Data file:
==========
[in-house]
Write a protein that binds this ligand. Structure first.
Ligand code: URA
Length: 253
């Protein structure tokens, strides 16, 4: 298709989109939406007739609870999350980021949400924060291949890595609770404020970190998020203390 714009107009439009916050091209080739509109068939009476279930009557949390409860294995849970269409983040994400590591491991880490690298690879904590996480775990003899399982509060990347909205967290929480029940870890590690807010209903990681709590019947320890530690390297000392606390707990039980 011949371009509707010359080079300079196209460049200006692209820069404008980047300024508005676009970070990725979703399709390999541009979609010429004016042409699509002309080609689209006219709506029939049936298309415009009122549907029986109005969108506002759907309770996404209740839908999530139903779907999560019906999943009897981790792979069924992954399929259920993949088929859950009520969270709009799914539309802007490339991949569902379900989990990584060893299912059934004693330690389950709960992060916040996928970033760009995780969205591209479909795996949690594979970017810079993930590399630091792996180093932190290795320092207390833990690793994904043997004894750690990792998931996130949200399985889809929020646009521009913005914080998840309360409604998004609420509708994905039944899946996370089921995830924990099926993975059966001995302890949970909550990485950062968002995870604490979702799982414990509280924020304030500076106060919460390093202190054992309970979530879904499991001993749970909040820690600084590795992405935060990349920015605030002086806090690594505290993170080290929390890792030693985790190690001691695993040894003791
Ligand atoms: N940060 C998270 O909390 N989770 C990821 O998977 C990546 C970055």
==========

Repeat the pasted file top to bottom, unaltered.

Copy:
[in-house]
Write a protein that binds this ligand. Structure first.
Ligand code: URA
Length: 253
């Protein structure tokens, strides 16, 4: 298709989109939406007739609870999350980021949400924060291949890595609770404020970190998020203390 714009107009439009916050091209080739509109068939009476279930009557949390409860294995849970269409983040994400590591491991880490690298690879904590996480775990003899399982509060990347909205967290929480029940870890590690807010209903990681709590019947320890530690390297000392606390707990039980 011949371009509707010359080079300079196209460049200006692209820069404008980047300024508005676009970070990725979703399709390999541009979609010429004016042409699509002309080609689209006219709506029939049936298309415009009122549907029986109005969108506002759907309770996404209740839908999530139903779907999560019906999943009897981790792979069924992954399929259920993949088929859950009520969270709009799914539309802007490339991949569902379900989990990584060893299912059934004693330690389950709960992060916040996928970033760009995780969205591209479909795996949690594979970017810079993930590399630091792996180093932190290795320092207390833990690793994904043997004894750690990792998931996130949200399985889809929020646009521009913005914080998840309360409604998004609420509708994905039944899946996370089921995830924990099926993975059966001995302890949970909550990485950062968002995870604490979702799982414990509280924020304030500076106060919460390093202190054992309970979530879904499991001993749970909040820690600084590795992405935060990349920015605030002086806090690594505290993170080290929390890792030693985790190690001691695993040894003791
Ligand atoms: N940060 C998270 O909390 N989770 C990821 O998977 C990546 C970055």